How to Deal with Midlife Crisis?

Let’s start with the eight steps to dealing with a midlife crisis.

Patience.

You cannot rush this process; real physical and psychological changes are in play in your midlife transition. Patience gives you the time you need to let everything come together in your life transformation.  It takes the body and mind two years at least to sort out these changes. Be patient with yourself.

Exercise

Exercise helps all the physical and mind base changes move along. Exercise is a critical part of your midlife transformation. Without exercise, your process will take longer, and a person tends to become depressed in their life. Depression will derail a midlife transformation to become a midlife crisis.

Awareness

Be aware, take time to understand how you are connected to everything around you. A midlife crisis can be a very proactive and reactive time in a person’s life. This means people tend to push in larger sweeping actions. Without awareness, overly large life changes will have many unforeseen consequences for a person’s life. Part of midlife is to pause and take time to consider all your connections in life so you can better make choices to rebalance your life’s balance of connection. Learning meditation and how to expand your awareness will make your midlife transition a much smoother experience.

Non-judgment

Release measurements that have limited your life.

Many people are in the wrong place in their life because outside judgments have limited their options in life.  This the time to release the traps of judgment and take actions based on your needs rather than being restricted by what other people let you do.

Get Help

Find a guide who has been through the process. This can be very helpful to avoid the common mistakes and traps that people follow at this stage of life. You can read all the material you like, but the process is very gritty and dynamic. Having a trusted teacher to ask advice from is an invaluable resource at this time.

Play

Take the time to do new things and grow! If you don’t experiment in life, you won’t find better options for life that you want to embrace. Everyone in midlife crisis wants to run away from their old life, very few people know their destination. As a result people gravitate towards destinations that look the opposite of their previous life. It turns out the new destination you are seeking is often one you have to create and play is the starting step of creation.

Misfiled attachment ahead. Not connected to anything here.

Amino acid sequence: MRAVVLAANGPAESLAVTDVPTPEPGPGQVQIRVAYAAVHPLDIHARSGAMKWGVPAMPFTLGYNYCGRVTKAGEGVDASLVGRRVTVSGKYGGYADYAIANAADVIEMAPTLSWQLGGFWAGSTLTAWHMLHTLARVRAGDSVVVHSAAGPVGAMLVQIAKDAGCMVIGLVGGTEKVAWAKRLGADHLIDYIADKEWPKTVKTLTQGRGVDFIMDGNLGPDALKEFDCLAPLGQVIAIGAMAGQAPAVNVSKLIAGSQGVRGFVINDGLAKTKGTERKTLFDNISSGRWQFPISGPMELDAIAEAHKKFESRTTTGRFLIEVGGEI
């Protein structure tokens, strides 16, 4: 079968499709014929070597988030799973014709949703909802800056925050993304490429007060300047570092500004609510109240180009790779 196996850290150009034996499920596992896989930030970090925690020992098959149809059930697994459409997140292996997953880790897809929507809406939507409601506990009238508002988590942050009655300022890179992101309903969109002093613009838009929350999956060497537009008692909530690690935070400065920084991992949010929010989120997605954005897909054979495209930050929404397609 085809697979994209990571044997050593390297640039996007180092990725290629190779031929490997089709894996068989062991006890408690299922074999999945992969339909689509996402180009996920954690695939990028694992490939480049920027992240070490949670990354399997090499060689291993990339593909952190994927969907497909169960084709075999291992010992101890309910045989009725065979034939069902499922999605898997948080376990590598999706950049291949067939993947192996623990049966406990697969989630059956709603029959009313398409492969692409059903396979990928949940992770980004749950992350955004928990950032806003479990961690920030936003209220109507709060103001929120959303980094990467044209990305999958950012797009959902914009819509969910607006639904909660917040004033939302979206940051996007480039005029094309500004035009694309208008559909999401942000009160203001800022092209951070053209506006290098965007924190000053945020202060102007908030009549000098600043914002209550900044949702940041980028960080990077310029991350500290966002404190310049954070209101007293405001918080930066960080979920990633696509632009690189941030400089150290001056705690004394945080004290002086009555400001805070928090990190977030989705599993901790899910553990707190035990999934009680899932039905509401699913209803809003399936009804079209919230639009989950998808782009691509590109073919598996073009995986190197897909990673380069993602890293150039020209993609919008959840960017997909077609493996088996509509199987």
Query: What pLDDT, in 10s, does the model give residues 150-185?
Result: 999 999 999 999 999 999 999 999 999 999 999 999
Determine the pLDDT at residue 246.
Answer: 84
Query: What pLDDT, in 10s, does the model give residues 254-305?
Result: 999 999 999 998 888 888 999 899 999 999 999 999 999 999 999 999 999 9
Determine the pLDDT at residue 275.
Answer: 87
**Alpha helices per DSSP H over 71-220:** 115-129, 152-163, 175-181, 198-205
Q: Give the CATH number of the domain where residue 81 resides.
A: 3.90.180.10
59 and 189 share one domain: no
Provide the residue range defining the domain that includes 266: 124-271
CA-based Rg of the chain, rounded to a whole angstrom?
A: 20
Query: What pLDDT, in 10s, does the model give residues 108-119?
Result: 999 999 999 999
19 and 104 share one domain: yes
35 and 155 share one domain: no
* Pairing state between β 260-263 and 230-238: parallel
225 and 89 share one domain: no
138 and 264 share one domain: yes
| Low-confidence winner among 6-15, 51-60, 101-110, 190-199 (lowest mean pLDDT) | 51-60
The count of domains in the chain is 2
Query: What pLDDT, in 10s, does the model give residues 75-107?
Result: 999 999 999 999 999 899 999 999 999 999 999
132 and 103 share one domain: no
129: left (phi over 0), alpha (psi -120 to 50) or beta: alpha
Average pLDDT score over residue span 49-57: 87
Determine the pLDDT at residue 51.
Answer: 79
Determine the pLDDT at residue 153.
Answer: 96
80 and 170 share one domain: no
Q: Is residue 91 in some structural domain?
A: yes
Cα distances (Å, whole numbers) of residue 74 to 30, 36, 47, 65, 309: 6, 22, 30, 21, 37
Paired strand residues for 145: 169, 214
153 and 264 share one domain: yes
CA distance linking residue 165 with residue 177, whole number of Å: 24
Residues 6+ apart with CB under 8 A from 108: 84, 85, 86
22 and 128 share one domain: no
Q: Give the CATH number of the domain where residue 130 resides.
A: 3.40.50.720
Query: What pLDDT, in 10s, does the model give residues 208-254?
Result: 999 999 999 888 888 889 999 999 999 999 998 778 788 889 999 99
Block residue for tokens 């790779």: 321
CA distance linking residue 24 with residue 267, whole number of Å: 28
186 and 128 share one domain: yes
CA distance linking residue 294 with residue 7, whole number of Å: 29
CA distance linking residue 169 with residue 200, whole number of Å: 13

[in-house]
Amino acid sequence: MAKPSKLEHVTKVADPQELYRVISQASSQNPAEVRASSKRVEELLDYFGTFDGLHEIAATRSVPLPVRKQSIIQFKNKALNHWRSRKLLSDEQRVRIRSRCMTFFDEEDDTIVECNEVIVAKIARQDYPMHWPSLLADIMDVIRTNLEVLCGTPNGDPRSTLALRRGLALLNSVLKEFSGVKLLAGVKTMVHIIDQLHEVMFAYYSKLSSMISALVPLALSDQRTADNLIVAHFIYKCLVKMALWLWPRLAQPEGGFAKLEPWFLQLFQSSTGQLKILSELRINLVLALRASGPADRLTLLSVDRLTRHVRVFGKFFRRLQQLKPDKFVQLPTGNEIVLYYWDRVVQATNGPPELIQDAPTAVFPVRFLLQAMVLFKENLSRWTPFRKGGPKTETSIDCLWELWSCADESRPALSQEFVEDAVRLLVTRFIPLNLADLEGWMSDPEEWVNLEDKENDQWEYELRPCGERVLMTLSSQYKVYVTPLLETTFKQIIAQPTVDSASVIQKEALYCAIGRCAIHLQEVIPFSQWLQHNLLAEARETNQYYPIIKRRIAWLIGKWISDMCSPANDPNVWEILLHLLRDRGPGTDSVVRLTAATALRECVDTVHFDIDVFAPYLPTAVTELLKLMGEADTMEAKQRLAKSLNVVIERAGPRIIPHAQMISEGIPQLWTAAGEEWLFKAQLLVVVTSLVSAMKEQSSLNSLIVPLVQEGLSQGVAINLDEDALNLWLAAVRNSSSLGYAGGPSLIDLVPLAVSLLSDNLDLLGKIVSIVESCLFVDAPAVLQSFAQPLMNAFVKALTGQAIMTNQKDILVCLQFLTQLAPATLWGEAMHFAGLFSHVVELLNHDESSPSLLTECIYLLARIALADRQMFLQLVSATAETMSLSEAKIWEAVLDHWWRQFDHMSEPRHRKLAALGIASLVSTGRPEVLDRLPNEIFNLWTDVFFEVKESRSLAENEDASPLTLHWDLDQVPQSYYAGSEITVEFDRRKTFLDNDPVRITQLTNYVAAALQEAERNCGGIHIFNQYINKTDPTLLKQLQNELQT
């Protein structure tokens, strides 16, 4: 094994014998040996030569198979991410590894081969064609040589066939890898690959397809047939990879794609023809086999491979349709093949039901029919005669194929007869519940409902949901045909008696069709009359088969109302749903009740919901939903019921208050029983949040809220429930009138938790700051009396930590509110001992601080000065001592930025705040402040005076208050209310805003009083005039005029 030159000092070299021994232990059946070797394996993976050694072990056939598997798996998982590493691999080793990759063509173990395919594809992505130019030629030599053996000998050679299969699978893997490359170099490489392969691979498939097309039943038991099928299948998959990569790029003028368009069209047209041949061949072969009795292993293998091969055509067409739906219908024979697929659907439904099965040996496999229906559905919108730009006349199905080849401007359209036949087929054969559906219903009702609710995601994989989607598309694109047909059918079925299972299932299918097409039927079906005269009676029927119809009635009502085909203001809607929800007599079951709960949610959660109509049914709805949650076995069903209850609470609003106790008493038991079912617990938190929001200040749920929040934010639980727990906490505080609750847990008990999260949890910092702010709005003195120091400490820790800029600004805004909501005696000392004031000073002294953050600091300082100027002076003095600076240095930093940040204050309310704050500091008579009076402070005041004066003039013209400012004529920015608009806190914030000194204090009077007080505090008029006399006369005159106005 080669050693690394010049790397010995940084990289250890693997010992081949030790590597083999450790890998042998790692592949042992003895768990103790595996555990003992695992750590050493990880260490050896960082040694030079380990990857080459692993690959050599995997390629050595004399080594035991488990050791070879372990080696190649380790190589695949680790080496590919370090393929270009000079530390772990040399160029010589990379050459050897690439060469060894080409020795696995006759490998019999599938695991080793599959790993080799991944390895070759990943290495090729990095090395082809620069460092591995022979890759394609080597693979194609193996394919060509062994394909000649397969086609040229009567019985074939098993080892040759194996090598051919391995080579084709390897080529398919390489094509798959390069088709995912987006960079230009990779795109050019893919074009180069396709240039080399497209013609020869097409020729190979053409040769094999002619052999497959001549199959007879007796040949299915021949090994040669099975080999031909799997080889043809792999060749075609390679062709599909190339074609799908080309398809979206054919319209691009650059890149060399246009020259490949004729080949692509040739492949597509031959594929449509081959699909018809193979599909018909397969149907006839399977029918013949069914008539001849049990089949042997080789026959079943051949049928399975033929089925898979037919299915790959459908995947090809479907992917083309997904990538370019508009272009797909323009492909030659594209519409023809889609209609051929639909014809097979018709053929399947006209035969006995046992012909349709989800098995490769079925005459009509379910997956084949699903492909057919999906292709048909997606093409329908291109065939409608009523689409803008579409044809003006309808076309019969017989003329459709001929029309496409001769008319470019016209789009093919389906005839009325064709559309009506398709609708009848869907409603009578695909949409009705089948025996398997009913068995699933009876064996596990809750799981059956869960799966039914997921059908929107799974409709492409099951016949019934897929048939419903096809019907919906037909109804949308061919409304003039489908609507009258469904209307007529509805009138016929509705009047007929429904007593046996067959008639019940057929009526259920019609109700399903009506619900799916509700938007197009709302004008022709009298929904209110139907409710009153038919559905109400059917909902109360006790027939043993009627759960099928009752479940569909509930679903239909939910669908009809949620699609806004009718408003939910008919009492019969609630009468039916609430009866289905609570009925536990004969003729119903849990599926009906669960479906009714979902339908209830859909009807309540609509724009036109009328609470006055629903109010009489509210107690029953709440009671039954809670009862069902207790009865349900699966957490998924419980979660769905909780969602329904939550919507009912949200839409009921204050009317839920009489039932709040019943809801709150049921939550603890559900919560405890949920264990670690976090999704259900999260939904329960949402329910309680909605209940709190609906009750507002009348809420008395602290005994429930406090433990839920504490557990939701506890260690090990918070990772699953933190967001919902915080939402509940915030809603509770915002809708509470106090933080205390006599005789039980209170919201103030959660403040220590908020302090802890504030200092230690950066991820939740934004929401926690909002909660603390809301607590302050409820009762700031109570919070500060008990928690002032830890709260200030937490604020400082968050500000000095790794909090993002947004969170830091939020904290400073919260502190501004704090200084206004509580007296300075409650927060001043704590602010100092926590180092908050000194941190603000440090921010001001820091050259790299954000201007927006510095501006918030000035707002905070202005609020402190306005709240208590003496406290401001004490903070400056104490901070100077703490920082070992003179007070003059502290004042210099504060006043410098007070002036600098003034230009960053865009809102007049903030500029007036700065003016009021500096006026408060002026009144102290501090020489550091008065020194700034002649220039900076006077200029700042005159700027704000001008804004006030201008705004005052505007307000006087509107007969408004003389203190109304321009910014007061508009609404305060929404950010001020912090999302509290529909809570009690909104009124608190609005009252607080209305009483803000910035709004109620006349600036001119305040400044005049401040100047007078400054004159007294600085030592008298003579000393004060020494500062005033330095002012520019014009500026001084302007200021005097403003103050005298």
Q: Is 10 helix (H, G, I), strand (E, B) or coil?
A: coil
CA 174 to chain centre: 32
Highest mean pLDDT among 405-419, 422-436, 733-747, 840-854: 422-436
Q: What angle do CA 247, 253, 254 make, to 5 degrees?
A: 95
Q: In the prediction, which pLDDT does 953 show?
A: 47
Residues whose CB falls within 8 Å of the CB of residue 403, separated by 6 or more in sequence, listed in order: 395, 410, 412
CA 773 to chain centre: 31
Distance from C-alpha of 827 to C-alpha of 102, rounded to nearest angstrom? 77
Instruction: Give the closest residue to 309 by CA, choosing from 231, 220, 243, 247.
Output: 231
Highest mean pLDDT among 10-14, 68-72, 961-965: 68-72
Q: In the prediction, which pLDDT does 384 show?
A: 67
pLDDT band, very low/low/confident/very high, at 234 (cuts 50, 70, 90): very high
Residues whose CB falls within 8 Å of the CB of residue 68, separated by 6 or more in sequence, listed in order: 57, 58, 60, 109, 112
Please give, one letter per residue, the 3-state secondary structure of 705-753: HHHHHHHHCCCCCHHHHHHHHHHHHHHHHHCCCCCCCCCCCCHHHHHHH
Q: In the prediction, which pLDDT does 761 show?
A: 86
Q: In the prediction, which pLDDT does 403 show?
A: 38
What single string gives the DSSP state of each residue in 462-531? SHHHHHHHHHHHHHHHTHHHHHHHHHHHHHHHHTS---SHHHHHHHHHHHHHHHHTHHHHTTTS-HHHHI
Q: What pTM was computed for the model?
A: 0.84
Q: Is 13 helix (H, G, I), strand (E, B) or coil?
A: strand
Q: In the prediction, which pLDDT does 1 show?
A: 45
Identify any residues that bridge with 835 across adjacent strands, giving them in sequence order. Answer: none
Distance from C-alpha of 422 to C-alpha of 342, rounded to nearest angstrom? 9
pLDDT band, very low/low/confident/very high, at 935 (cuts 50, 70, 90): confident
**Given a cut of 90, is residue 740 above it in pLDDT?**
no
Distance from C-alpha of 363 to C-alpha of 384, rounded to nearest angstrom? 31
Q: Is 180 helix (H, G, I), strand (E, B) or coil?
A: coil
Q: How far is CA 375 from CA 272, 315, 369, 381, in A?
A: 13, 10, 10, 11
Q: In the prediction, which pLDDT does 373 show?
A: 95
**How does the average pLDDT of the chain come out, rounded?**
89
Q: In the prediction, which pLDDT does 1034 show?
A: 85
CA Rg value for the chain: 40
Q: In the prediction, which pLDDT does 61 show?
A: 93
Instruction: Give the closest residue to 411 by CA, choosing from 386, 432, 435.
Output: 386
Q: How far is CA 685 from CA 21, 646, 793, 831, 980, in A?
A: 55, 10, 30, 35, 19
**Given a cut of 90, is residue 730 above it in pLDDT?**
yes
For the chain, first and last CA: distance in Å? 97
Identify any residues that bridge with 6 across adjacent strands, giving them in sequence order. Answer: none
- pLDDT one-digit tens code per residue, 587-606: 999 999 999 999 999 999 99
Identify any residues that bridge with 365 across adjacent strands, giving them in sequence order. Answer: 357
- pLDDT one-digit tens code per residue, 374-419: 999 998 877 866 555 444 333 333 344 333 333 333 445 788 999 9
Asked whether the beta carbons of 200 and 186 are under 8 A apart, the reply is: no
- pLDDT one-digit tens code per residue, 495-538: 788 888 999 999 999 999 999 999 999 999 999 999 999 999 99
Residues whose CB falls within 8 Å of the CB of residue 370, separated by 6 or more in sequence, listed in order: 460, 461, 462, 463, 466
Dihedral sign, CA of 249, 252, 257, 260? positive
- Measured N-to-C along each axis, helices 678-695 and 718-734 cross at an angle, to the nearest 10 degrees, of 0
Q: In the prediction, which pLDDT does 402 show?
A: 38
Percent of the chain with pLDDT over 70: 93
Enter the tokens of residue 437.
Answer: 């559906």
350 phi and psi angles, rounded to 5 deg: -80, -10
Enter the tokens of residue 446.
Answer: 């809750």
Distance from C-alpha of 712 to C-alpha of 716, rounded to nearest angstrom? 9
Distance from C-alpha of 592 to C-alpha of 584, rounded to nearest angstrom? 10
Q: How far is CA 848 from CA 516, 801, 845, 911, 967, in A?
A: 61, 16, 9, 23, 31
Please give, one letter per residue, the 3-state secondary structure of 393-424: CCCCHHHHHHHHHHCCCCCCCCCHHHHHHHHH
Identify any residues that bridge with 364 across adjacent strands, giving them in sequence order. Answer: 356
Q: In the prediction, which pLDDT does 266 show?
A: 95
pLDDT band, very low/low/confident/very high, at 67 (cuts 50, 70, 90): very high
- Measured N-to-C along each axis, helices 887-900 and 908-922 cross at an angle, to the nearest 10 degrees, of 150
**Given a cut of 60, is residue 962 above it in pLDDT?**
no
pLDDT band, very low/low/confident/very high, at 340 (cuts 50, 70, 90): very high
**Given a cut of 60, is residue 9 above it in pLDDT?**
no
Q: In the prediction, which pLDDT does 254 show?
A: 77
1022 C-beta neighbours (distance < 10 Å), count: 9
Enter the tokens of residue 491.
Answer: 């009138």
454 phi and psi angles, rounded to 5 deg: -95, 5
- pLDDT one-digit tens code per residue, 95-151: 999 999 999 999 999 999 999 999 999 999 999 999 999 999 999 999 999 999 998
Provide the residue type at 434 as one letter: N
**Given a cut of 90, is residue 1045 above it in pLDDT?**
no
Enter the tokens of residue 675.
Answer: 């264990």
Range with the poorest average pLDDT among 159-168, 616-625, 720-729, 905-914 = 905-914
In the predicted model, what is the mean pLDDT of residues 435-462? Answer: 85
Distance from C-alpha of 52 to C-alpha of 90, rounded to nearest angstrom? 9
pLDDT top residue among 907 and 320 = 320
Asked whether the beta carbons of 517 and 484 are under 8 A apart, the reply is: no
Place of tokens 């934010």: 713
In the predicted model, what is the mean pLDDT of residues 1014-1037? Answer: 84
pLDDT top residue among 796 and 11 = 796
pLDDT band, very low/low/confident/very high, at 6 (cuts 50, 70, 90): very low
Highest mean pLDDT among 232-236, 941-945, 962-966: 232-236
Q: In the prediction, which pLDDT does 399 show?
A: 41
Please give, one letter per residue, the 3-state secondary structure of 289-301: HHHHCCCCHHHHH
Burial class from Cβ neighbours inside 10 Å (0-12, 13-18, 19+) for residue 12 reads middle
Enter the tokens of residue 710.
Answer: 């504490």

Make it Your Own

This is all about coming into your essence, so take time to make it your own. To make midlife your own, means you have to hold your power. MIdlife for women and minorities is a challenge because of extra pressure to conform to social norms. Men tend to have more freedom to break free, so you find men more focusing on this step and ignoring the other steps.

Be Kind

You are not alone, treat others around you with respect and kindness. Then as you grow, others will return that respect and kindness.

Take the time to live your life and learn Kind-Fu.

You have lived for over 35 years now: you have made mistakes, you have learned many lessons, you have experienced many deep events. Midlife transition is a chance to review your life, pause for a moment, and then integrate the lessons you have experienced to date.

Some paths are more graceful than others, some paths lead to greater heights to view more of what is around us, and some paths are more painful: so many possible paths.

What is Midlife Crisis?

Midlife is when your body, mind, and spirit are all are trying to mature into a healthy and independent person. A midlife crisis arises when a person rejects either personal change or essential parts of their pre-midlife situation. People often try to avoid midlife change, but avoiding your change can promote a deeper crisis.

The sad truth is: many people don’t know what they want to be or often force themselves to be something different than their essence.

Modern society encourages people to break themselves rather than grow constructively in life. Midlife transition is a natural part of life. It takes several years for it to fully complete. The process doesn’t have to be a crisis, but many people do make it a crisis: by forcing it or rushing into it all too fast.

From all the stories from what people do, it may seem to be an experience to avoid, but avoiding your nature promotes a deeper crisis later.

What is it? It’s a time when your body, mind, and spirit are all are trying to mature into a strong integrated independent person. If you approach this time without judgment, with patience, practicing awareness, and taking time to grow, to your heart: it can be the most wonderful time in a person’s life also.

However, the experience is never easy. It’s a challenging time, but well worth investing yourself into, since the return is: being yourself more truly.

How Long is a Midlife Crisis?

The more a person resists their midlife crisis: the longer it takes.

With expert guidance, a midlife crisis can resolve over 1 to 2 years. Otherwise, it tends to process over 2-3 years in a series of cycles. The speed depends on if a person finds something that matches to their heart and how others in their life help them grow.

When a person doesn’t change after three to five years, they become a slightly worn-out version of their old self again.

Of course, many variations to this exist. The timing depends on if a person finds something that matches to their heart and how others in their life help them grow.

Don’t worry about the time frame and start living your life now.